The impact of self-driving cars is a rabbit hole that keeps getting deeper.
Almost all thinking on the subject has under-predicted the severity and breadth of what these robots will transform. If you give it sufficient thought, it’s clear that the secondary and tertiary effects touch on the unrelated and the absurd. While self-driving cars will directly put many drivers out of work, they will open up and enormous amount of construction work. This is because the replacement cycle for high-use vehicles is fast compared to construction. Almost immediately after they catch on, all the buildings where we live and work will be outdated.
Real estate markets will go topsy-turvy due to the changing realities of commuting, of course. This is a relatively direct effect, and it will impact what locations and desirable (high value) and what are less-so. But there’s a more nuanced effect where the function of our buildings will be very inefficient… compared to what’s possible. Eventually, what’s possible will become what’s demanded, and then what’s taken for granted.
Somewhat obviously, parking decks and parking spaces will become obsolete with self-driving cars. Space to park has never been a problem. On-street parking would be sufficient if you were to include sufficiently sufficiently minor roads. The reason we have need for parking decks is because of the need to stop driving when close to the destination. Like taxis, this is not a problem for self-driving cars.
But what will replace our fields of concrete where we store our cars?
I always found old railway stations to be intriguing because they were, at a time, a diplomatic tool that established first-contact with almost all far-flung and well-to-do visitors.
Today, modern airports (for all the security unpleasantness) emulate this to a certain extent. In the future, campuses of various sorts, office parks, retail centers, and all the like will exhibit specific focus on the scenery that passengers see arriving and departing, as well as a particular attention to detail for the embark and disembark points. Since the cars are inherently coordinated, the landlords of properties will have significant control to dictate the behavior of the cars (when on premises) in ways that may result in more consumer purchases.
The fact that much space is opened up by the depreciation of parking lots and decks just lends them more capabilities to carry out landscape overhauls, and eventually this may be a strong differentiator in the 21st century economy.
Door-to-door service may not be enough. Once self-driving cars become the norm, it will no longer be a differentiator. The most pressing factor might be figuring out how to handle increasing traffic due to increased urbanization and increased overall number of trips (due to the abundance that this technology offers). One component of this is figuring out exactly where cars pull up to destinations to drop people off.
The ideal case, it seems to be, is to eliminate context-shifts for things like use of elevators. Time is valuable, and time in the car can be spent at a computer doing work… or whatever. Optimizing this leads to a fairly obvious conclusion in my mind — which is to have the cars climb the multiple floors for the passengers. This allows and end-to-end trip that goes straight from one floor in building A to the needed floor in building B. It also helps with some throughput problems, because the area where stopping happens is a parallel process (a car stopping on one floor doesn’t need to block a car going to another floor). This is also very interesting when you consider that elevators can get quite blogged down in logistical factors themselves.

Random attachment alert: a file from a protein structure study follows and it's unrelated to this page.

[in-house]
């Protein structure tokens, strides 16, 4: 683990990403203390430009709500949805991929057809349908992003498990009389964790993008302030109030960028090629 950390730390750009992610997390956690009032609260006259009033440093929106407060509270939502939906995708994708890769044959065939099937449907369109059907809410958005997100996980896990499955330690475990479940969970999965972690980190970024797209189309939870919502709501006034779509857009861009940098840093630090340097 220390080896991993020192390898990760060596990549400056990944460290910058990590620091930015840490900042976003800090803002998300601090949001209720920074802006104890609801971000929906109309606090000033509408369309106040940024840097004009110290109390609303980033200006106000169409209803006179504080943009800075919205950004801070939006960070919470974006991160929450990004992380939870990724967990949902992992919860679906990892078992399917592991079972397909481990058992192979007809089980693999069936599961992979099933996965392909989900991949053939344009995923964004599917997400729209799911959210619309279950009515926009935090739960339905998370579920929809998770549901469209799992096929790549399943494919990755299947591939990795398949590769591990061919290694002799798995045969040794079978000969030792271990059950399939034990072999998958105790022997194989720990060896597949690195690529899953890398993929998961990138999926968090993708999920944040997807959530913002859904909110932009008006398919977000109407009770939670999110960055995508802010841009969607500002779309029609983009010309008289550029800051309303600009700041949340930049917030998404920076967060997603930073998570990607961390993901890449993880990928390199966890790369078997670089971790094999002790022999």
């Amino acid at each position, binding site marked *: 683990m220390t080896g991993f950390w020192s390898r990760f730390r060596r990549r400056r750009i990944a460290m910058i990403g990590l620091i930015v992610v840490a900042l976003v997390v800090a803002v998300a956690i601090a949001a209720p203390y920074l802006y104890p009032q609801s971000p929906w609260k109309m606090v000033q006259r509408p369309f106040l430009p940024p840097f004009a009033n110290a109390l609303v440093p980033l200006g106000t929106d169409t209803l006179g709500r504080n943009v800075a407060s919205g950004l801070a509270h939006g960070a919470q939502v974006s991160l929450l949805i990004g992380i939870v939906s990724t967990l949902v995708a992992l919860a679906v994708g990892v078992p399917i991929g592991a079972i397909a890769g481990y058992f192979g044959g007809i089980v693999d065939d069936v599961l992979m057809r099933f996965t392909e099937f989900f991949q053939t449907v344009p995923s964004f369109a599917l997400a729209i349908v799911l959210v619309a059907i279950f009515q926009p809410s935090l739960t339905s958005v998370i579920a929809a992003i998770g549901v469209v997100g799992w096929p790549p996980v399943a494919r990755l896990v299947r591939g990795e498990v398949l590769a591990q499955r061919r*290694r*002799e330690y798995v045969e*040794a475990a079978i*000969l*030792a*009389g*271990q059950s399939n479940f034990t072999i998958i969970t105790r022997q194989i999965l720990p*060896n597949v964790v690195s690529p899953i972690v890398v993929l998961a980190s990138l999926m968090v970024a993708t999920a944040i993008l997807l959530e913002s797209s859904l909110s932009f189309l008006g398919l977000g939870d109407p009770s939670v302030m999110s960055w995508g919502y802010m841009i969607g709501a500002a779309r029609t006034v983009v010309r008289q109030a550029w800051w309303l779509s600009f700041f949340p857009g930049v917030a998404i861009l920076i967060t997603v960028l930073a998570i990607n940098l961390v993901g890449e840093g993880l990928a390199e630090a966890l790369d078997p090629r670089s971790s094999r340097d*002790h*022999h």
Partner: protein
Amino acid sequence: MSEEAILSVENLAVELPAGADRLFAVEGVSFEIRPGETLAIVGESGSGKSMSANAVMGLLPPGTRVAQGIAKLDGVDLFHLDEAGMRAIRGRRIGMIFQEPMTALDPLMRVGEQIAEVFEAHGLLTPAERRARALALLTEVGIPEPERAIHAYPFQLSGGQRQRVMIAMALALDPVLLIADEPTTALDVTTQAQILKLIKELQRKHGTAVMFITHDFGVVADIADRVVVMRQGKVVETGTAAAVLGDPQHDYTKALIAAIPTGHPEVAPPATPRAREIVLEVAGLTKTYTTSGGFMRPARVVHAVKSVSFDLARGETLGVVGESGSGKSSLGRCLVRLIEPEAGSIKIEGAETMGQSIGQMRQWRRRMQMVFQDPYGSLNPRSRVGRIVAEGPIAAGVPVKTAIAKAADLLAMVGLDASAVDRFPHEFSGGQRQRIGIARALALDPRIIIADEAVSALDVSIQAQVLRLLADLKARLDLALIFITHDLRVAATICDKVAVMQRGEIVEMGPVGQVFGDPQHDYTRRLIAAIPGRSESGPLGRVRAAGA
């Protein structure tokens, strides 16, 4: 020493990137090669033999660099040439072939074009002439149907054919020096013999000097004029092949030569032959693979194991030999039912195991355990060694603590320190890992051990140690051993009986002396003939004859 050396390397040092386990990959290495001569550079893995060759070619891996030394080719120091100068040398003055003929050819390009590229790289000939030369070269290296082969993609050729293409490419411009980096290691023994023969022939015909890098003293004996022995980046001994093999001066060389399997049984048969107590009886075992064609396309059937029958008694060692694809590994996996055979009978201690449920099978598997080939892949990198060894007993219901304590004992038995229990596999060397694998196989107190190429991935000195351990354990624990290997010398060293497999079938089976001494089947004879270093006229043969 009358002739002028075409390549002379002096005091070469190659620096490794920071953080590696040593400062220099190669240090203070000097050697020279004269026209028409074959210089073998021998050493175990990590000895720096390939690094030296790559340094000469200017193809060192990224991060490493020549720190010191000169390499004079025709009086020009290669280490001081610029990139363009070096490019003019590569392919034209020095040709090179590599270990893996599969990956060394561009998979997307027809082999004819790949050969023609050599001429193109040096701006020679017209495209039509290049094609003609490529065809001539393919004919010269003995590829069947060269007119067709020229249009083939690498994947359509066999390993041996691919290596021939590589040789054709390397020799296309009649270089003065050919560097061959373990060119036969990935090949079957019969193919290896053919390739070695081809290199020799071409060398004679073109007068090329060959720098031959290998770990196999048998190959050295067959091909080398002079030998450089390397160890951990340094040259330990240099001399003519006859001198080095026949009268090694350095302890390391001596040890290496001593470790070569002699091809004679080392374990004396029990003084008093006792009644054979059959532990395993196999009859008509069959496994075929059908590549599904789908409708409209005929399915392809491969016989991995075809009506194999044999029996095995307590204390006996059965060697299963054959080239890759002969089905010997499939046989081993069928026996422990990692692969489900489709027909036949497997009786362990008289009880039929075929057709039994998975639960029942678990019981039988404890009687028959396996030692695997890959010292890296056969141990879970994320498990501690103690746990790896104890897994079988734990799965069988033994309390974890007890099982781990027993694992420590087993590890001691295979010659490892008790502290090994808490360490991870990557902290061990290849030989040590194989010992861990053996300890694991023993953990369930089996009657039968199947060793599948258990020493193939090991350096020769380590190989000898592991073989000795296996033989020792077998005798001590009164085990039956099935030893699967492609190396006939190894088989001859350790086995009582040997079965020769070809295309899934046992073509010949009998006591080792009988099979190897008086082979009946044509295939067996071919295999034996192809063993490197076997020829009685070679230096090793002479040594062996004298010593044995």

Here is a basic sketch of what I envision for such a building design.
The idea certainly isn’t rocket science, and many traffic flows already have this corkscrew design to some extent. Another illustration just so I’m clear:
The idea is that once self-driving cars become ubiquitous, it makes far more sense to integrate the transportation system in a new tightly-coupled manner that we are not familiar with.
Death of the Elevator
Just extrapolate, and it’s pretty clear that the above building design doesn’t need an elevator in the first place. This means that you might need some reserve cars in the system, and that some of these cars might spend time just going up a and down flights in the same building.
Nothing appears to block this possibility. For old buildings, it might not be a major cost-saver because they have already invested in the elevator, but for new buildings it could be a tremendous economic advantage. This system satisfies handicap access just fine — as self-driving cars themselves do. For a future developer, this system is much more attractive… and it’s also more modern and perhaps trendy in the eyes of people in a decade from now.
It is very nice to get rid of moving parts whenever possible, and the change I’m referencing here would do that for the part of the construction company, leveraging the moving parts that are already in-place in the self-driving car transportation system. Dumb ramps are going to be much cheaper than what we have now.
There’s more to the story than just this. Huge changes are coming, but I don’t know what they are, and neither does anyone else.